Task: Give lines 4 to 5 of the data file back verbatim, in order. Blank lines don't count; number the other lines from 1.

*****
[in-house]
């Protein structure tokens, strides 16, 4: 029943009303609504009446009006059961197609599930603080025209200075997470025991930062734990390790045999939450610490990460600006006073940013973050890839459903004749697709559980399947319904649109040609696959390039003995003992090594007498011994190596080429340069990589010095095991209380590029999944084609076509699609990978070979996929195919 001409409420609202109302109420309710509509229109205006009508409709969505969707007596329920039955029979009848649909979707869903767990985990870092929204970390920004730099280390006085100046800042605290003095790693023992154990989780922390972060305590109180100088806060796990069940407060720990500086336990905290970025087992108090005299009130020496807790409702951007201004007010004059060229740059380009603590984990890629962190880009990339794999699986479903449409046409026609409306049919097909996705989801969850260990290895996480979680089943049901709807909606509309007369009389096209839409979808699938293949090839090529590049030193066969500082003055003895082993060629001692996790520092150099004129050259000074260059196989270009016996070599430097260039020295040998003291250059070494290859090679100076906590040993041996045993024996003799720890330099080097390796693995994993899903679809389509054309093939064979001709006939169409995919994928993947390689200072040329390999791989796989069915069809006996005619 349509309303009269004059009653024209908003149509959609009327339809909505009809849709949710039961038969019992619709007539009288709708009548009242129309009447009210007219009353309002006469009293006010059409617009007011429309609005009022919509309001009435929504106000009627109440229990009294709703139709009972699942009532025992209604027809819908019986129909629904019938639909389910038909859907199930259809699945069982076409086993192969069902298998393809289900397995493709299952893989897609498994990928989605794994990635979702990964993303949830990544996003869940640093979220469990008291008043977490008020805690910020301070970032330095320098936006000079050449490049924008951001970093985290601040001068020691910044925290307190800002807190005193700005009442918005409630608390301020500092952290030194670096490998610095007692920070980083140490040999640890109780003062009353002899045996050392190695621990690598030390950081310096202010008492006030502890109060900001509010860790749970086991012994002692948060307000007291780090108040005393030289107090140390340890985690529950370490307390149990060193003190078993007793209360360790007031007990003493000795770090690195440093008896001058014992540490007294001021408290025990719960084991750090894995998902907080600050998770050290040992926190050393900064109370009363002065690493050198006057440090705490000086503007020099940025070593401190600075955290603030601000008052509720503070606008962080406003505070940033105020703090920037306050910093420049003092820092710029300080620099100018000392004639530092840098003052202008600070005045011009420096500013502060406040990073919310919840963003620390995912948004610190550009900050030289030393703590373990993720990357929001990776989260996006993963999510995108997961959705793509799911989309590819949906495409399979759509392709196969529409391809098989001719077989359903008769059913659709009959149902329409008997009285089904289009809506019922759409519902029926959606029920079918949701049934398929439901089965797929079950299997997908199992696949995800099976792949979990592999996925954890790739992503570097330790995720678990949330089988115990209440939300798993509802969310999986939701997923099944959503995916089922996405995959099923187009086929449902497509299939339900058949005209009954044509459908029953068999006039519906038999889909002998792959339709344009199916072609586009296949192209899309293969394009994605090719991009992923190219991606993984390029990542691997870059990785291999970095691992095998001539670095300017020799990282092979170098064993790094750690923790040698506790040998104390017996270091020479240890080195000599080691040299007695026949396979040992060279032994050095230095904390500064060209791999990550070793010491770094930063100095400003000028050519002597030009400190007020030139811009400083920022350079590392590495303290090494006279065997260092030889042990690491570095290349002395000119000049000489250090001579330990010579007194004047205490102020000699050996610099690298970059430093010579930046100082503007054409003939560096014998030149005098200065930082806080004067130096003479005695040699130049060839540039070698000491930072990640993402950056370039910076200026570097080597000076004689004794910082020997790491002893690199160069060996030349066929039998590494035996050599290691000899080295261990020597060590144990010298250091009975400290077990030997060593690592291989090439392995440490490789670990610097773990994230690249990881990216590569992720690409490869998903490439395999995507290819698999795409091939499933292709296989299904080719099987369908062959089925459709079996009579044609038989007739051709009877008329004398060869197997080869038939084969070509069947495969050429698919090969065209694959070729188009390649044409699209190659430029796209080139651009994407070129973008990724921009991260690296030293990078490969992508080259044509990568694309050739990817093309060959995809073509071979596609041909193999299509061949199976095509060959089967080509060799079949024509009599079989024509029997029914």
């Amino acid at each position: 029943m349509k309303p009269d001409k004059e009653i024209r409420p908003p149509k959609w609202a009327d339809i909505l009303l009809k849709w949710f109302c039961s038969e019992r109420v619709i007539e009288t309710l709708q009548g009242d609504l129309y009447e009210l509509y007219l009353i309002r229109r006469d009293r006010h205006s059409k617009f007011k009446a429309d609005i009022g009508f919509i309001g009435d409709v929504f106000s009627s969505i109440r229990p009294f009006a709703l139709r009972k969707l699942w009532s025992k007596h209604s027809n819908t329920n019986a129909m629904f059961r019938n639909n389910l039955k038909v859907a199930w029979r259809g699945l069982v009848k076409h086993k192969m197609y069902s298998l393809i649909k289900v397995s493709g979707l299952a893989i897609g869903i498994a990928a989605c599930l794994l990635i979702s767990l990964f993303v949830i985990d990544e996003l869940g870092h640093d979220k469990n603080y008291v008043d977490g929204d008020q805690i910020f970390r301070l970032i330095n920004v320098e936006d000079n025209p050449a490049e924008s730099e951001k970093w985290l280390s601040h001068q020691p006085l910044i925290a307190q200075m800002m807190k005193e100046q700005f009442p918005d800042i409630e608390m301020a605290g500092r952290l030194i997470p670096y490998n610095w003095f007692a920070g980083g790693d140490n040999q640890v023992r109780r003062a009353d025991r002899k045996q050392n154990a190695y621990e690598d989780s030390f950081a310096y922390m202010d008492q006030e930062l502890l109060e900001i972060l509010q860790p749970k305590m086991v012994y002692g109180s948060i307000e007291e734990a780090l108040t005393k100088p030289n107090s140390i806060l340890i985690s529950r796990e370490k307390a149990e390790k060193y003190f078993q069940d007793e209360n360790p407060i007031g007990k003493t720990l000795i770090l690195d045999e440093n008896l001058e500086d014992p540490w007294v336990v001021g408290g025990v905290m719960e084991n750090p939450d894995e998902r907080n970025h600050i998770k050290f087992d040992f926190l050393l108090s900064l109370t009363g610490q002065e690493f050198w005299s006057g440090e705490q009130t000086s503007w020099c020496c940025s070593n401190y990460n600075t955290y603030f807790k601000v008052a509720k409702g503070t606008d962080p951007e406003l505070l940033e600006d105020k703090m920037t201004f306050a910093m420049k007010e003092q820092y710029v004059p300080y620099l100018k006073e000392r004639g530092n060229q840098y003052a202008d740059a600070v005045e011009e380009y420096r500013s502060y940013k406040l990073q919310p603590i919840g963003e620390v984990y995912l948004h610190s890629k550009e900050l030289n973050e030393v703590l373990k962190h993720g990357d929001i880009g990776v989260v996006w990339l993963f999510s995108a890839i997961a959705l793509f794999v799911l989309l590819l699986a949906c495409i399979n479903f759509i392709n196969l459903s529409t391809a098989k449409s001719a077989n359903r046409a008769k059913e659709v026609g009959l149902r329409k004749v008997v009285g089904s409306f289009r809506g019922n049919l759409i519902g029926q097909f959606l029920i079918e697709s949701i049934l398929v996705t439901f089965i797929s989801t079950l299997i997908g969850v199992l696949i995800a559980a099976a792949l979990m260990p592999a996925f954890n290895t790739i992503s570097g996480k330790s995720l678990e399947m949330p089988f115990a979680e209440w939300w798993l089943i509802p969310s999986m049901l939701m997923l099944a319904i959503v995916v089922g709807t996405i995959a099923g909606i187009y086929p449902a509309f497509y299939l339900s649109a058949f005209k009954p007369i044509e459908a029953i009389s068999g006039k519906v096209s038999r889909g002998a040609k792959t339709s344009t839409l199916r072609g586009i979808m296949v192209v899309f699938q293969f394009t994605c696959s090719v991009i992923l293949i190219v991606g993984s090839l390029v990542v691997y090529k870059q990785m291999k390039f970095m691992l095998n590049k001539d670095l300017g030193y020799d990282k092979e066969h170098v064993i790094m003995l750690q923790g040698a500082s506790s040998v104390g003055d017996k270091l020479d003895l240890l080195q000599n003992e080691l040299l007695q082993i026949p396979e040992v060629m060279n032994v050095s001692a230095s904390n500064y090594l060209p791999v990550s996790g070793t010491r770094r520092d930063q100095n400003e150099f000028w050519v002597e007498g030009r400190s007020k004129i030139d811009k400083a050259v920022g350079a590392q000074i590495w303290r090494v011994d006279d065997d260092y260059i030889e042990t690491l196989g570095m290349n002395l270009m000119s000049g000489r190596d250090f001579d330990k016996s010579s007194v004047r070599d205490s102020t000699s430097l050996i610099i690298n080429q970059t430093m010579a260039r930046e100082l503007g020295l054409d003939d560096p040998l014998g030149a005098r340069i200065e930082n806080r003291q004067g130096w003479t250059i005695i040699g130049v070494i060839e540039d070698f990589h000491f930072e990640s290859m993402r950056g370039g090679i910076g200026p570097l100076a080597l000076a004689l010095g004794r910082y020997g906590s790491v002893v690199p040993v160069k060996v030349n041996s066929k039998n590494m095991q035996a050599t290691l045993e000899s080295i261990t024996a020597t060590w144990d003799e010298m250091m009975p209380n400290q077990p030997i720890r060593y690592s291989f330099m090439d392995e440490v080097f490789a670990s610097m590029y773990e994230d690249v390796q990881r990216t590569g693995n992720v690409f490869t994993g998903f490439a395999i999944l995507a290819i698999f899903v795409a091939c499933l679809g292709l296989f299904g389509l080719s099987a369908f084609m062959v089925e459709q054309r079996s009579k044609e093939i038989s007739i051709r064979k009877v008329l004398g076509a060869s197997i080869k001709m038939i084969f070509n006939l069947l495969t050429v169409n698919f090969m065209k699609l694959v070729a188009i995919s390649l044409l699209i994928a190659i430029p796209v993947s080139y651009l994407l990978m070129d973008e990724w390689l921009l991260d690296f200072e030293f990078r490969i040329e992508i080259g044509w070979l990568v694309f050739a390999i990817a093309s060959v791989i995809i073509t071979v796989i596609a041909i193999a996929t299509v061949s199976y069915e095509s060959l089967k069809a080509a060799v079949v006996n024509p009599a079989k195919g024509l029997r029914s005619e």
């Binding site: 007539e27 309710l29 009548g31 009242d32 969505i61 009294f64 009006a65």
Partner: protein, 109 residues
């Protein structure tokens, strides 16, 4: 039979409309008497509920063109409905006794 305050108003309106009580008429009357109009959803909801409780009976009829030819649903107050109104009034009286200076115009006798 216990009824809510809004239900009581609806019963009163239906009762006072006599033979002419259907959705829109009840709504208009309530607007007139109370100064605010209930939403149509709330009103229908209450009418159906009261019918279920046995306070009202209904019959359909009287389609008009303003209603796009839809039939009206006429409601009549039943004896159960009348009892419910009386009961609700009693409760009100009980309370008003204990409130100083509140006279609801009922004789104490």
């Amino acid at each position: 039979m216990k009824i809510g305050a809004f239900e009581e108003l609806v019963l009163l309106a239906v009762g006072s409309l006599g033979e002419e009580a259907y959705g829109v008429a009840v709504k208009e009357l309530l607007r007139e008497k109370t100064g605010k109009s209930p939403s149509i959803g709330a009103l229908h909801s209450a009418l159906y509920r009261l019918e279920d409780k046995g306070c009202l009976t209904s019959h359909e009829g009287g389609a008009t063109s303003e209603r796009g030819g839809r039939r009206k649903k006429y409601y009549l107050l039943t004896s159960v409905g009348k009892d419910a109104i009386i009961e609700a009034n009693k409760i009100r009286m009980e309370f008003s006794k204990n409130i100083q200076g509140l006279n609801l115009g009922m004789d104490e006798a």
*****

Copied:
């Binding site: 007539e27 309710l29 009548g31 009242d32 969505i61 009294f64 009006a65």
Partner: protein, 109 residues